Roger Corman: A Hollywood History Lesson in ‘Corman’s World’

History is funny; what we choose to remember, what gets lost to time. Director-producer Roger Corman is part of film history and at times it seems like that part of history is lost. Every now and again however, Corman bounces back and with him a near forgotten history of the past forty odd years of film that he influenced for better or worse.

“Corman’s world: Exploits of a Hollywood Rebel,” a new documentary from director Alex Stapleton, is a terrific time capsule of Corman’s career and the history within that career is worth digging up and rediscovering, again for better and for worse.

“The Gunfighter”

Roger Corman got his start as a messenger at 20th Century Fox and worked his way up to reading screenplays. When one of the screenplays he approved and amended was made into a hit feature, “The Gunfighter” starring Gregory Peck, and Corman received no credit he quit and began making movies.

Corman made nine movies between 1955 and 1960 including such classics as “Swamp Women,” “It Conquered the World” and “Attack of the Crab Monsters;” each more successful than the last. Regardless of the artistry, or lack thereof, of these pictures they tapped into the desire of a generation looking to escape from the bore of the 1950’s into fantastical worlds where armies of men battled giant crabs.

Hippies, Exploitation and Civil Rights

In the 1960’s Corman presaged the move toward exploitation pictures by making movies about motorcycle gangs. He then joined the hippie movement and was the rare filmmaker to work to understand and reflect the hippie movement as well as exploit it.

In arguably his boldest and bravest move Corman joined the civil rights crusade with a picture called “The Intruder,” starring a very young William Shatner, and shined a light on southern racism that even the nightly news was afraid to expose.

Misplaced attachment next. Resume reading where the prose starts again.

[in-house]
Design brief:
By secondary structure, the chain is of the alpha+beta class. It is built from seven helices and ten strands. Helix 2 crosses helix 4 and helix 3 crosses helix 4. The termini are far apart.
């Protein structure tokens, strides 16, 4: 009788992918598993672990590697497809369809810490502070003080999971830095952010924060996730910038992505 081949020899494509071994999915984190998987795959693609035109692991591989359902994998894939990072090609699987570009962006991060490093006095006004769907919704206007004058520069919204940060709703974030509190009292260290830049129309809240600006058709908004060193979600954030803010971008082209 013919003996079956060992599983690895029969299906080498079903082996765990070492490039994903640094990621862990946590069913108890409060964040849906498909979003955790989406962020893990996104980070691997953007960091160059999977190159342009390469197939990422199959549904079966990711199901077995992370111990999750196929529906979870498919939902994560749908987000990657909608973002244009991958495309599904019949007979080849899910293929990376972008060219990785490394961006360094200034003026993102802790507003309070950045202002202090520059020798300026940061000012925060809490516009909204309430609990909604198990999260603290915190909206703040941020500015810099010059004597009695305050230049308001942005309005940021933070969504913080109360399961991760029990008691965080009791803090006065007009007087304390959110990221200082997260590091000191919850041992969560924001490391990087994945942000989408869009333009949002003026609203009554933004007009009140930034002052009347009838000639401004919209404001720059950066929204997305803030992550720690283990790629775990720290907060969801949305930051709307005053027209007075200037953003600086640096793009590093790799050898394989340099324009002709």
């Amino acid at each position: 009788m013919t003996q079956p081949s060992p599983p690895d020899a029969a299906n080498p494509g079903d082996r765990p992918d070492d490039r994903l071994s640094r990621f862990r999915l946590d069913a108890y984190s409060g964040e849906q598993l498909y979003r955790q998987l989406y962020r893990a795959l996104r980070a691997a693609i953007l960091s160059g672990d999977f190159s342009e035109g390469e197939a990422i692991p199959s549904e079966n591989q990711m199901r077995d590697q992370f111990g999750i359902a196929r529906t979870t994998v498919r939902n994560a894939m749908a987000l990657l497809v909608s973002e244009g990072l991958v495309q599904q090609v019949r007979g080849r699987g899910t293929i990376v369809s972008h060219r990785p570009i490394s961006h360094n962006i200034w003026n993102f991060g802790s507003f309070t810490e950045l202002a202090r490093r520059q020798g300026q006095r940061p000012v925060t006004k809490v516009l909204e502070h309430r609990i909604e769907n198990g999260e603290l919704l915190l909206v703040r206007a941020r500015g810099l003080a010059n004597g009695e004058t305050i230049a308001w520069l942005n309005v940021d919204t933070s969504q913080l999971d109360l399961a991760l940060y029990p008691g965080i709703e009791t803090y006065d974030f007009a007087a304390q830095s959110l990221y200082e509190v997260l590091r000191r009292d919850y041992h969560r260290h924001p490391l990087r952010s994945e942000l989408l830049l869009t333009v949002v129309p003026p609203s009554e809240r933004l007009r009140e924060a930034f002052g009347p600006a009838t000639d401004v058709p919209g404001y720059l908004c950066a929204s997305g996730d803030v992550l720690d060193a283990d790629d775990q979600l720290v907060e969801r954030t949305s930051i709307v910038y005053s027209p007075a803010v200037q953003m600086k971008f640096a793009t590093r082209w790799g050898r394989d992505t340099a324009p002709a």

Edgar Allen Poe and the College of Corman

Corman never made the move toward being taken seriously however and after “The Intruder” bombed he found a new money-making venture in low budget adaptations of Edgar Allen Poe stories. Today, Corman produces movies like “Dino-Shark” for the SyFy channel and is finding a whole new cult fandom.

Roger Corman’s legacy however, is not his movies but his influence. It was Corman who found Jack Nicholson, Martin Scorsese, Robert DeNiro, Joe Dante, and Francis Ford Coppola among others. He changed the career of Peter Fonda with “Wild Angels” and “The Trip” leading Fonda, Dennis Hopper and Nicholson to start the American New Wave with “Easy Rider.”

Corman, “Jaws,” and “Star Wars”

Without Roger Corman there is no “Jaws” and maybe no “Star Wars.” Then again, without Roger Corman there is no Eli Roth or “Piranhas 3D.” It’s a mixed legacy in the end; Corman’s World puts a nice bow on things with Corman’s 2010 Lifetime Achievement Oscar.

When Hollywood discovered Roger Corman, via the success of “Jaws,” it was arguably the end of the very brief American New Wave. Not to take anything away from “Jaws” which is a classic but once executive caught on to that style of movie, the kind that Corman made on the cheap for 20 years prior to “Jaws,” there was no turning back from the wave of B-Movie blockbusters that continue to dominate the box office today.

“Corman’s World: Exploits of a Hollywood Rebel” opens in limited release on Friday, December 16th.

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